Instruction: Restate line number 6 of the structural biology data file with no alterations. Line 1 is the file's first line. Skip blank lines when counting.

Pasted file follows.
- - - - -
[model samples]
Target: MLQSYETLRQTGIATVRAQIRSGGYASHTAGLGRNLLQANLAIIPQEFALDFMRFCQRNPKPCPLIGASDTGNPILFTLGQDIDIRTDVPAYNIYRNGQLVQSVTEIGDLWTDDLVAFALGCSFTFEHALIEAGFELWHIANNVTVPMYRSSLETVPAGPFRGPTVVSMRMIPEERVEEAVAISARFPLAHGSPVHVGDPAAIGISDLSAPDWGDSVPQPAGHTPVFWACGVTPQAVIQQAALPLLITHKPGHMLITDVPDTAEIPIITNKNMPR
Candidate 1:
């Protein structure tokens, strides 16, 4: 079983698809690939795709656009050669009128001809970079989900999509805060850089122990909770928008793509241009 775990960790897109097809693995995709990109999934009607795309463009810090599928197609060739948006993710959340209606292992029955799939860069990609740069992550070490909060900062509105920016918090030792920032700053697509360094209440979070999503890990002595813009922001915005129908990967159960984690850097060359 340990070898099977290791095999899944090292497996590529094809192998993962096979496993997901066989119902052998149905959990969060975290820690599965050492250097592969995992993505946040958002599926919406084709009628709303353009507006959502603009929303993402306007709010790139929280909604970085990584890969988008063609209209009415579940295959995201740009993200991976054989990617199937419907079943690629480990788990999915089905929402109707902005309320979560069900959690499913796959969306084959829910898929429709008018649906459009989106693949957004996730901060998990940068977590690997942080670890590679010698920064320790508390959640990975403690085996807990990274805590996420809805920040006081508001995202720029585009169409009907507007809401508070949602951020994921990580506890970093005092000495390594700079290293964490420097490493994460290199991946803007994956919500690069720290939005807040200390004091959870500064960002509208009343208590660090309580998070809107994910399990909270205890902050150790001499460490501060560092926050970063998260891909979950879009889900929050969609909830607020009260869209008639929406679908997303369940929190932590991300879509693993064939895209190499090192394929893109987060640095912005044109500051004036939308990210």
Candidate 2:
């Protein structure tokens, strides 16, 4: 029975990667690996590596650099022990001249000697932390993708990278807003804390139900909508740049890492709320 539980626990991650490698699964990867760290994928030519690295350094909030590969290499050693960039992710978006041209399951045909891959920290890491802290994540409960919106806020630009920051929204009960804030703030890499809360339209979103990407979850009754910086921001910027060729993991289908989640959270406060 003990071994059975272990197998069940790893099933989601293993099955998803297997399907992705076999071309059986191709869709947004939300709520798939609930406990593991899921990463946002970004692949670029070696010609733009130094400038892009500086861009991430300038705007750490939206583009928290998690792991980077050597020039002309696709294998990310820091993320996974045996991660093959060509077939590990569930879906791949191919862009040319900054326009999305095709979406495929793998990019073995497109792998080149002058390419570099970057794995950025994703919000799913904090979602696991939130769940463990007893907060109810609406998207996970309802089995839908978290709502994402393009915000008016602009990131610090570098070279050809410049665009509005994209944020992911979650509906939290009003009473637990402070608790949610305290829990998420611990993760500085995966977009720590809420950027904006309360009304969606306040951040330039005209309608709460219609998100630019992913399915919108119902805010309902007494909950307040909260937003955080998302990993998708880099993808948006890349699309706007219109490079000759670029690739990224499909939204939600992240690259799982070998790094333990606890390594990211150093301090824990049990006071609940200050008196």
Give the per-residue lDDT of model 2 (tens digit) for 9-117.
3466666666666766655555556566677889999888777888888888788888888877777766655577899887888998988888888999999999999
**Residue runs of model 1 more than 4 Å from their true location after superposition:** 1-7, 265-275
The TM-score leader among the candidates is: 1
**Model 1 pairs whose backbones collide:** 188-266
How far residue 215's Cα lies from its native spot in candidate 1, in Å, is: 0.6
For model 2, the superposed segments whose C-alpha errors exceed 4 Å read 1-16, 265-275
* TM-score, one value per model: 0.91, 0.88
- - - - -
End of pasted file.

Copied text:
């Protein structure tokens, strides 16, 4: 029975990667690996590596650099022990001249000697932390993708990278807003804390139900909508740049890492709320 539980626990991650490698699964990867760290994928030519690295350094909030590969290499050693960039992710978006041209399951045909891959920290890491802290994540409960919106806020630009920051929204009960804030703030890499809360339209979103990407979850009754910086921001910027060729993991289908989640959270406060 003990071994059975272990197998069940790893099933989601293993099955998803297997399907992705076999071309059986191709869709947004939300709520798939609930406990593991899921990463946002970004692949670029070696010609733009130094400038892009500086861009991430300038705007750490939206583009928290998690792991980077050597020039002309696709294998990310820091993320996974045996991660093959060509077939590990569930879906791949191919862009040319900054326009999305095709979406495929793998990019073995497109792998080149002058390419570099970057794995950025994703919000799913904090979602696991939130769940463990007893907060109810609406998207996970309802089995839908978290709502994402393009915000008016602009990131610090570098070279050809410049665009509005994209944020992911979650509906939290009003009473637990402070608790949610305290829990998420611990993760500085995966977009720590809420950027904006309360009304969606306040951040330039005209309608709460219609998100630019992913399915919108119902805010309902007494909950307040909260937003955080998302990993998708880099993808948006890349699309706007219109490079000759670029690739990224499909939204939600992240690259799982070998790094333990606890390594990211150093301090824990049990006071609940200050008196």